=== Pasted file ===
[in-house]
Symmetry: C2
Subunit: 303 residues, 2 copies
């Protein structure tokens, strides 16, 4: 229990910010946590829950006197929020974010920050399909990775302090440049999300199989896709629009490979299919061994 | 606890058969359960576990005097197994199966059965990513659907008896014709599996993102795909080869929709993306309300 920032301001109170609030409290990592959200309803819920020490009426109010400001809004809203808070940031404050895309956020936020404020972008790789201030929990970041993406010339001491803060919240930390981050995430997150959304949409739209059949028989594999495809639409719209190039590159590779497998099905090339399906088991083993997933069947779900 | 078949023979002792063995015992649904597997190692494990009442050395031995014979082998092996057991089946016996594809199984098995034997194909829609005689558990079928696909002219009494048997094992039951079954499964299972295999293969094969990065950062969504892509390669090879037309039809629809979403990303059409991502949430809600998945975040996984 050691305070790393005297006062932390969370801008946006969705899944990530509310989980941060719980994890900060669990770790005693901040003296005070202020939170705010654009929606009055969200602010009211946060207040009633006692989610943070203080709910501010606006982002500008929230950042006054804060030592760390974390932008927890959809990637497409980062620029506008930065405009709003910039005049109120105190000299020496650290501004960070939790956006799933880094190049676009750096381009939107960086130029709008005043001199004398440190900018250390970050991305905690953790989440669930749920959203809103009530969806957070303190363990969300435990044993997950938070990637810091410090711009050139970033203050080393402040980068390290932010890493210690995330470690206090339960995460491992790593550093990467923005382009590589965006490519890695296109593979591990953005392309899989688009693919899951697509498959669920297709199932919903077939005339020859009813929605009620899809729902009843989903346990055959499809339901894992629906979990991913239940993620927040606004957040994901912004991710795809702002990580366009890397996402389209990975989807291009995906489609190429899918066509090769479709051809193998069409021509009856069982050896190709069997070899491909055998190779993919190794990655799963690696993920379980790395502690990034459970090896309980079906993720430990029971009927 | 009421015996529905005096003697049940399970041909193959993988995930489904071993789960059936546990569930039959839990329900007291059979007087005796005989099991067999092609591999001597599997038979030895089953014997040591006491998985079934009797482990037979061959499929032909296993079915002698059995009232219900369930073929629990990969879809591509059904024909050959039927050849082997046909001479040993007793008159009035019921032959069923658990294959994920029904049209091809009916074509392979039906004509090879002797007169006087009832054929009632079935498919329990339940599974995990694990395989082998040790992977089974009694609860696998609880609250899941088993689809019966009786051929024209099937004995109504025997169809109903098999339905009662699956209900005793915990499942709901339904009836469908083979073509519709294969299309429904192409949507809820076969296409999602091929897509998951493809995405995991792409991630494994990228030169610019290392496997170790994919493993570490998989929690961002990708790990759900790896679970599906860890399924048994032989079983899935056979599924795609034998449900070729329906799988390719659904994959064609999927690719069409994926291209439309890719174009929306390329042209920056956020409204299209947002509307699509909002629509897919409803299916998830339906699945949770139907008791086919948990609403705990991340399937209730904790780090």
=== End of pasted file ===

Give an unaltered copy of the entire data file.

[in-house]
Symmetry: C2
Subunit: 303 residues, 2 copies
């Protein structure tokens, strides 16, 4: 229990910010946590829950006197929020974010920050399909990775302090440049999300199989896709629009490979299919061994 | 606890058969359960576990005097197994199966059965990513659907008896014709599996993102795909080869929709993306309300 920032301001109170609030409290990592959200309803819920020490009426109010400001809004809203808070940031404050895309956020936020404020972008790789201030929990970041993406010339001491803060919240930390981050995430997150959304949409739209059949028989594999495809639409719209190039590159590779497998099905090339399906088991083993997933069947779900 | 078949023979002792063995015992649904597997190692494990009442050395031995014979082998092996057991089946016996594809199984098995034997194909829609005689558990079928696909002219009494048997094992039951079954499964299972295999293969094969990065950062969504892509390669090879037309039809629809979403990303059409991502949430809600998945975040996984 050691305070790393005297006062932390969370801008946006969705899944990530509310989980941060719980994890900060669990770790005693901040003296005070202020939170705010654009929606009055969200602010009211946060207040009633006692989610943070203080709910501010606006982002500008929230950042006054804060030592760390974390932008927890959809990637497409980062620029506008930065405009709003910039005049109120105190000299020496650290501004960070939790956006799933880094190049676009750096381009939107960086130029709008005043001199004398440190900018250390970050991305905690953790989440669930749920959203809103009530969806957070303190363990969300435990044993997950938070990637810091410090711009050139970033203050080393402040980068390290932010890493210690995330470690206090339960995460491992790593550093990467923005382009590589965006490519890695296109593979591990953005392309899989688009693919899951697509498959669920297709199932919903077939005339020859009813929605009620899809729902009843989903346990055959499809339901894992629906979990991913239940993620927040606004957040994901912004991710795809702002990580366009890397996402389209990975989807291009995906489609190429899918066509090769479709051809193998069409021509009856069982050896190709069997070899491909055998190779993919190794990655799963690696993920379980790395502690990034459970090896309980079906993720430990029971009927 | 009421015996529905005096003697049940399970041909193959993988995930489904071993789960059936546990569930039959839990329900007291059979007087005796005989099991067999092609591999001597599997038979030895089953014997040591006491998985079934009797482990037979061959499929032909296993079915002698059995009232219900369930073929629990990969879809591509059904024909050959039927050849082997046909001479040993007793008159009035019921032959069923658990294959994920029904049209091809009916074509392979039906004509090879002797007169006087009832054929009632079935498919329990339940599974995990694990395989082998040790992977089974009694609860696998609880609250899941088993689809019966009786051929024209099937004995109504025997169809109903098999339905009662699956209900005793915990499942709901339904009836469908083979073509519709294969299309429904192409949507809820076969296409999602091929897509998951493809995405995991792409991630494994990228030169610019290392496997170790994919493993570490998989929690961002990708790990759900790896679970599906860890399924048994032989079983899935056979599924795609034998449900070729329906799988390719659904994959064609999927690719069409994926291209439309890719174009929306390329042209920056956020409204299209947002509307699509909002629509897919409803299916998830339906699945949770139907008791086919948990609403705990991340399937209730904790780090």